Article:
We are now entering our fourth year of education otherwise, or as I like to call it ‘homemade education’. I am loving it. W would be entering Year 3 this year and B would be entering Year 1. But in our little Home Ed world, they are just entering a new cycle of learning. So, what does that look like for us this year? Education … Continue reading Homemade Education
Confession: I am BAD when it comes to using social media. I’m not the most tech savvy person out there, but I’m kind of okay with that. One thing I do know about is #childhoodunplugged. If you’re new to parenthood, or the concept of #childhoodunplugged this blog will give you 3 Steps To A Childhood Unplugged. Step One: Limit Screen Time We have a screen … Continue reading 3 Steps To A Childhood Unplugged
‘Twas the night before school, when all through the house
Were pencils and pens and sticky back plastic.
Mum was stressed out and lost in translation,
Feeling less than fantastic and full of frustration… Continue reading ‘Twas The Night Before School
I have a confession to make. I’m a fraud. You see the photos of the boys reading books? It wasn’t always that way. I am an avid reader and we are a relatively screen-free family. But dragging my children away from their Lego, imploring them to READ A BOOK, was a battle not worth having. Screaming, crying (and that was just me) turned what was … Continue reading 5 Ways To Raise A Reader
The ‘Great Mask Debate’ is upon us. Wearing, or not wearing, a mask is now a political statement. And all I want to do is shout JUST WEAR THE MASK! But I won’t, this post is dedicated to the people who claim that wearing a mask interferes with their perfect breathing systems. Today I am going to ‘teach’ you to know the signs of breathing difficulty. Because if you don’t wear the mask, you or a loved one may end up catching Covid19. And breathing difficulty is one of the more serious symptoms.
What do you know about breathing difficulty? You’re not a doctor!
Yup, I’m not a doctor. I’m not a medical profession of any sort and I would never claim to be. You should always seek medical advice when you have concerns, I’m just sharing a piece of critical information that I received over 7.5 years ago that could save a life.
7.5 years ago, baby W was born at 28 weeks gestation. He was resuscitated, intubated and incubated almost immediately. When it was time to take him home from the NICU, I had to do a crash course in baby first aid, on what was a laughably large baby CPR doll. What I learned came in handy as I soon discovered W had a penchant for rapid deterioration after catching a virus, resulting in breathing difficulties and many trips to A&E. He got a reputation for being my ‘poorly/sick’ child as he was extremely vulnerable to any viral infection.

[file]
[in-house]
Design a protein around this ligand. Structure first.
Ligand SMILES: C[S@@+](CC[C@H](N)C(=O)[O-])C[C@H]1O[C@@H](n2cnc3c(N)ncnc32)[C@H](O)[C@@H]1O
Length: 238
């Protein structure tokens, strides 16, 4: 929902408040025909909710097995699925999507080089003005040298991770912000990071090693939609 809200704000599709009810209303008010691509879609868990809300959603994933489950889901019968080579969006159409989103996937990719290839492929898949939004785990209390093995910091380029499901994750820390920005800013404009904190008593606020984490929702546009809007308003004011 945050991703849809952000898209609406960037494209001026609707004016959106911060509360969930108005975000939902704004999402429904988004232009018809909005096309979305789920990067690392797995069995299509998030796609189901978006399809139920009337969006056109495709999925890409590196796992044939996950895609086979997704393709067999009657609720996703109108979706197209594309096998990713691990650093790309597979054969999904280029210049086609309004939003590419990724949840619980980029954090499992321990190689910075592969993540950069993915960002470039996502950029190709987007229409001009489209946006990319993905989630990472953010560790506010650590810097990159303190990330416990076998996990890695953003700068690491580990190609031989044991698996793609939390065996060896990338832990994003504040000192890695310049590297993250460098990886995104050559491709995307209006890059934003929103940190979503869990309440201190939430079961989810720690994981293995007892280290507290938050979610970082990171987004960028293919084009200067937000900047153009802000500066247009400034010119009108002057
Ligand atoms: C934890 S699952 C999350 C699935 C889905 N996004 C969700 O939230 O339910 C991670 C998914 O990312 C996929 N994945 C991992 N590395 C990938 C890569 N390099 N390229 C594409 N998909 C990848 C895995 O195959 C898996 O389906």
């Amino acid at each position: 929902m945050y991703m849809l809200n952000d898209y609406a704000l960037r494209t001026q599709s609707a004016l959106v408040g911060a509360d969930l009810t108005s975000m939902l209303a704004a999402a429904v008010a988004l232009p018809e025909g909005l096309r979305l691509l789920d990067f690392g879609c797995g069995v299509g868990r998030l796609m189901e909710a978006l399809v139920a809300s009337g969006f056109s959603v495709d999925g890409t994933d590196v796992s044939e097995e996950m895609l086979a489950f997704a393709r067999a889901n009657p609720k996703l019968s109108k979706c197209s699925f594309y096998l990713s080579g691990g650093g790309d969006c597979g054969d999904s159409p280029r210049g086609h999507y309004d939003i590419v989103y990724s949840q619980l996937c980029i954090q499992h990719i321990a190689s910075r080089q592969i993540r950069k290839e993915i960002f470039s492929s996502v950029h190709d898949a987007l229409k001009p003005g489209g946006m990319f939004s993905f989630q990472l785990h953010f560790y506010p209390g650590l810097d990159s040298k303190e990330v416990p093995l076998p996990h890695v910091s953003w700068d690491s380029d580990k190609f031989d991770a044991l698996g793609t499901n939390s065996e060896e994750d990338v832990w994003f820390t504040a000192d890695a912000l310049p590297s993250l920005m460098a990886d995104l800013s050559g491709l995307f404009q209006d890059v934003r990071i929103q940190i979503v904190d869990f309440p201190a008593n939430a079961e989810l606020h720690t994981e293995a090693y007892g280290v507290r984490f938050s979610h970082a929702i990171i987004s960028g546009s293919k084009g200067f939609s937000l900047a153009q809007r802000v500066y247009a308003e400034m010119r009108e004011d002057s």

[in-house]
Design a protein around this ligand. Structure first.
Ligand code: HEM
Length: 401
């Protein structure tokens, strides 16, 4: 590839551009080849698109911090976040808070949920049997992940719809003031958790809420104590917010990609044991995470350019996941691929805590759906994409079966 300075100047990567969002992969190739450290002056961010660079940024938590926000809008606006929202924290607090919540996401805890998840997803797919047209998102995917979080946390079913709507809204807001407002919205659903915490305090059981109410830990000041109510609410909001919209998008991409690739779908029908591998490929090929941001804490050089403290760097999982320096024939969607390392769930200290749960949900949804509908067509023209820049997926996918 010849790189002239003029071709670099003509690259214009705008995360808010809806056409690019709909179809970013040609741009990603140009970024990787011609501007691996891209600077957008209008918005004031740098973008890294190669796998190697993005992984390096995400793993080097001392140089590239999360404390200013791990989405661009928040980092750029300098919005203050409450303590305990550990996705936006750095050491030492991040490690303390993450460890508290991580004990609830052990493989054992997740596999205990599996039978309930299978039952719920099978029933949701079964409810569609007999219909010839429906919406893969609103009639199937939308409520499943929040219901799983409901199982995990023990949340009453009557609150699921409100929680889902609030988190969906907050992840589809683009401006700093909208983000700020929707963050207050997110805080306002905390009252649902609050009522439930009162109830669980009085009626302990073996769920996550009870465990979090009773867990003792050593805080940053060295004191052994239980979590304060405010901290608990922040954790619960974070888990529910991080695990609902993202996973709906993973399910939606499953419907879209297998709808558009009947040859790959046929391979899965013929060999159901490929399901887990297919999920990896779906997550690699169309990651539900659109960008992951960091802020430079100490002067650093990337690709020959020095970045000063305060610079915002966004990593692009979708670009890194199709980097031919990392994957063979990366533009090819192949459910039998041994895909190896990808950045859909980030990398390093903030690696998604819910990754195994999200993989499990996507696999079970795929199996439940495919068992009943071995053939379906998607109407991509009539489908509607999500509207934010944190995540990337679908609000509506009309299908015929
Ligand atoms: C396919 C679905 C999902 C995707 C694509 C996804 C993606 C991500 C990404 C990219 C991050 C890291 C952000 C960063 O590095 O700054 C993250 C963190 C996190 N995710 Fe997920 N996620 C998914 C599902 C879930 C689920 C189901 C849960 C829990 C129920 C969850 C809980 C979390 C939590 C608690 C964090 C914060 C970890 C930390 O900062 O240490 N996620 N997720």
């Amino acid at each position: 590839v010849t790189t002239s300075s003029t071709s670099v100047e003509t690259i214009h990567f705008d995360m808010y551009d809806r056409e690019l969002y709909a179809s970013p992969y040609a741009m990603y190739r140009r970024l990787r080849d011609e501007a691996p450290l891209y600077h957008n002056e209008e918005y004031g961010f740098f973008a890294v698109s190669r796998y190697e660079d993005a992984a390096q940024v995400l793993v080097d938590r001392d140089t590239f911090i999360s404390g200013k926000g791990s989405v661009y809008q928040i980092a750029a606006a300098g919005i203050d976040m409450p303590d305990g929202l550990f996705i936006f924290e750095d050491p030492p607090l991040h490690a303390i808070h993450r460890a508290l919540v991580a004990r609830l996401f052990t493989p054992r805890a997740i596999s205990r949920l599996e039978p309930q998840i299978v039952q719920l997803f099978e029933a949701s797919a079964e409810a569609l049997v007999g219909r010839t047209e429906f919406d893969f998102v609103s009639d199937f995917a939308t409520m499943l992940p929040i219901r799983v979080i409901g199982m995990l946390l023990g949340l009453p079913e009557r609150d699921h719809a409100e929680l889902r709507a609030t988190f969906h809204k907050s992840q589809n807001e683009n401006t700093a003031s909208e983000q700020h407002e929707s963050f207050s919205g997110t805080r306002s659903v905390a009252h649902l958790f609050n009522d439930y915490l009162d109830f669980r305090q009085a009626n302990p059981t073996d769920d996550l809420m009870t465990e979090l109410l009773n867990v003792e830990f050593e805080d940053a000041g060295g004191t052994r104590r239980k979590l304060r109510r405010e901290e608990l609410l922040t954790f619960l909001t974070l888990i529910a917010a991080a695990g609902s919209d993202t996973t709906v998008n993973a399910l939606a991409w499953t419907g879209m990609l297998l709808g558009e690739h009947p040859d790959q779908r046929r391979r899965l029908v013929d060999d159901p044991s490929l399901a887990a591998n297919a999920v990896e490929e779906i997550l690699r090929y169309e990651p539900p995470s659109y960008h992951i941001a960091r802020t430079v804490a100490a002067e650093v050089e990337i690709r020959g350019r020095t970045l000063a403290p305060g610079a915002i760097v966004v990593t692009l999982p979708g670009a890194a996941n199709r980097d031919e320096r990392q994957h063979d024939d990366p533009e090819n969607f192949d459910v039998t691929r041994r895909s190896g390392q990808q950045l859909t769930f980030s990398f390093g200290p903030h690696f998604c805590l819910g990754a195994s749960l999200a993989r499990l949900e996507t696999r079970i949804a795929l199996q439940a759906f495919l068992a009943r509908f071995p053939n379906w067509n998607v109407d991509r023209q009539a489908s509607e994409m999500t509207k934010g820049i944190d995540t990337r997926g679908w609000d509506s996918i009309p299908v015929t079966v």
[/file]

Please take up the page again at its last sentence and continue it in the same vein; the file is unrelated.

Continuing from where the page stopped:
Knowing the signs
Fast forward a few years to 2016, and we were sat in A&E again waiting for some bloods. W had picked up a virus when visiting my mum in hospital. After a few hours of observation we were sent home and my mum lost her battle with cancer 24 hours later. It had been less than 2 weeks since mum has passed away and B was inconsolable. He had been very attached to her and at 1 years old, didn’t really seem to understand that she wasn’t coming back.
He was a little warm, but it was summer. The thermometer showed a normal temperature. I checked for rashes and his skin was clear. He had been crying since morning and it was now bedtime. I wasn’t convinced he was just having a grumpy day.
Suddenly, I remembered the signs of breathing difficulty and I checked him over. Sure enough, he was struggling. I called the ambulance and while we waited he stopped breathing. It was terrifying, we jumped into the ambulance and he was blue lighted to the children’s hospital. He had pneumonia and was hospitalised for 3 days. They told me how lucky we were that I hadn’t waited until the morning, he probably wouldn’t have made it. But, I know that I wouldn’t have called the ambulance if I hadn’t checked for the signs of breathing difficulty. And I wouldn’t have checked for them if I didn’t know what they were.
Know the signs:
- Retractions: this was the major sign for me. I’ve included a video below to show exactly what it looks like. I can only describe as their skin being almost sucked in as they strain to get enough oxygen. You can clearly see the muscles around their ribs and neck working hard.
- Colour changes: while we were waiting for the ambulance B started looking blue around the month and his skin turned grey.
- Breathing rate: he was taking short rapid breaths, that had increased in frequency compared to normal breathing rate.
You can find more signs listed here.